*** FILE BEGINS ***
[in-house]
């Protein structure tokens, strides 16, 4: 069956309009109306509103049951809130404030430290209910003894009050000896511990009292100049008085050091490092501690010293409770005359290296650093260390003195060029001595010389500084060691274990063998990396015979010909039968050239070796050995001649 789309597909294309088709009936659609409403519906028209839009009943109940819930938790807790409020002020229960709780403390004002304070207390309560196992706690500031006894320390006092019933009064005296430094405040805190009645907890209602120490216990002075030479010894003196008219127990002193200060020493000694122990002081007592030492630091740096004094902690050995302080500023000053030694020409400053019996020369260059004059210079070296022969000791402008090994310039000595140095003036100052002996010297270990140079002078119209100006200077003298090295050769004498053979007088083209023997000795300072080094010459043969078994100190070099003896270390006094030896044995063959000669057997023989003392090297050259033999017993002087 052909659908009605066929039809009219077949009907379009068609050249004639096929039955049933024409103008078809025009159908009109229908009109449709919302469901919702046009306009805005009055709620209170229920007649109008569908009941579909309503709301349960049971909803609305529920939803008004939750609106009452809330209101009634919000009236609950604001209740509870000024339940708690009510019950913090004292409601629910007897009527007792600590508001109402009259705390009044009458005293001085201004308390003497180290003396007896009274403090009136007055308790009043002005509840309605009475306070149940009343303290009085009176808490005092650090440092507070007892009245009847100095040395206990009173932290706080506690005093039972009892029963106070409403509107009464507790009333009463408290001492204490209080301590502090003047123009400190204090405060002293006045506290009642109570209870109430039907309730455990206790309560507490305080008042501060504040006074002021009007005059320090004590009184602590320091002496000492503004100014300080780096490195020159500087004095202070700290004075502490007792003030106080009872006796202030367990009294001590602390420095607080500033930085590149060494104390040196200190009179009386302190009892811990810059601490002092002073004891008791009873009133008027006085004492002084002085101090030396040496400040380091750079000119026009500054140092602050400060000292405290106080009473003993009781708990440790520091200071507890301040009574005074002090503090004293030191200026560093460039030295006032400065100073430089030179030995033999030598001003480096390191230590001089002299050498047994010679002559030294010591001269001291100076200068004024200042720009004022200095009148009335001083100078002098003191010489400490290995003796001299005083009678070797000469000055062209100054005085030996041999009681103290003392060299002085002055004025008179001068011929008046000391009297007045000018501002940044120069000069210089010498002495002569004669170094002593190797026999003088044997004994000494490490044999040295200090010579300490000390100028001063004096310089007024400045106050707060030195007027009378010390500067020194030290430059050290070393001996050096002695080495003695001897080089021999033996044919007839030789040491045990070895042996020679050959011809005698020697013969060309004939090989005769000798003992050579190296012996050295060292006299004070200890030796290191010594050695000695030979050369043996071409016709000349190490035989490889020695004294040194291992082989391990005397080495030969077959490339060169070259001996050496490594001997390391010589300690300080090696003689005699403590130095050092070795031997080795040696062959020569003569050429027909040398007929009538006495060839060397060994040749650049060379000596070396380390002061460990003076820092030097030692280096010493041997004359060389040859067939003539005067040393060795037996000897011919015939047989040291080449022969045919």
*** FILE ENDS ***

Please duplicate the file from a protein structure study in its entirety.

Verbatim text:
[in-house]
């Protein structure tokens, strides 16, 4: 069956309009109306509103049951809130404030430290209910003894009050000896511990009292100049008085050091490092501690010293409770005359290296650093260390003195060029001595010389500084060691274990063998990396015979010909039968050239070796050995001649 789309597909294309088709009936659609409403519906028209839009009943109940819930938790807790409020002020229960709780403390004002304070207390309560196992706690500031006894320390006092019933009064005296430094405040805190009645907890209602120490216990002075030479010894003196008219127990002193200060020493000694122990002081007592030492630091740096004094902690050995302080500023000053030694020409400053019996020369260059004059210079070296022969000791402008090994310039000595140095003036100052002996010297270990140079002078119209100006200077003298090295050769004498053979007088083209023997000795300072080094010459043969078994100190070099003896270390006094030896044995063959000669057997023989003392090297050259033999017993002087 052909659908009605066929039809009219077949009907379009068609050249004639096929039955049933024409103008078809025009159908009109229908009109449709919302469901919702046009306009805005009055709620209170229920007649109008569908009941579909309503709301349960049971909803609305529920939803008004939750609106009452809330209101009634919000009236609950604001209740509870000024339940708690009510019950913090004292409601629910007897009527007792600590508001109402009259705390009044009458005293001085201004308390003497180290003396007896009274403090009136007055308790009043002005509840309605009475306070149940009343303290009085009176808490005092650090440092507070007892009245009847100095040395206990009173932290706080506690005093039972009892029963106070409403509107009464507790009333009463408290001492204490209080301590502090003047123009400190204090405060002293006045506290009642109570209870109430039907309730455990206790309560507490305080008042501060504040006074002021009007005059320090004590009184602590320091002496000492503004100014300080780096490195020159500087004095202070700290004075502490007792003030106080009872006796202030367990009294001590602390420095607080500033930085590149060494104390040196200190009179009386302190009892811990810059601490002092002073004891008791009873009133008027006085004492002084002085101090030396040496400040380091750079000119026009500054140092602050400060000292405290106080009473003993009781708990440790520091200071507890301040009574005074002090503090004293030191200026560093460039030295006032400065100073430089030179030995033999030598001003480096390191230590001089002299050498047994010679002559030294010591001269001291100076200068004024200042720009004022200095009148009335001083100078002098003191010489400490290995003796001299005083009678070797000469000055062209100054005085030996041999009681103290003392060299002085002055004025008179001068011929008046000391009297007045000018501002940044120069000069210089010498002495002569004669170094002593190797026999003088044997004994000494490490044999040295200090010579300490000390100028001063004096310089007024400045106050707060030195007027009378010390500067020194030290430059050290070393001996050096002695080495003695001897080089021999033996044919007839030789040491045990070895042996020679050959011809005698020697013969060309004939090989005769000798003992050579190296012996050295060292006299004070200890030796290191010594050695000695030979050369043996071409016709000349190490035989490889020695004294040194291992082989391990005397080495030969077959490339060169070259001996050496490594001997390391010589300690300080090696003689005699403590130095050092070795031997080795040696062959020569003569050429027909040398007929009538006495060839060397060994040749650049060379000596070396380390002061460990003076820092030097030692280096010493041997004359060389040859067939003539005067040393060795037996000897011919015939047989040291080449022969045919």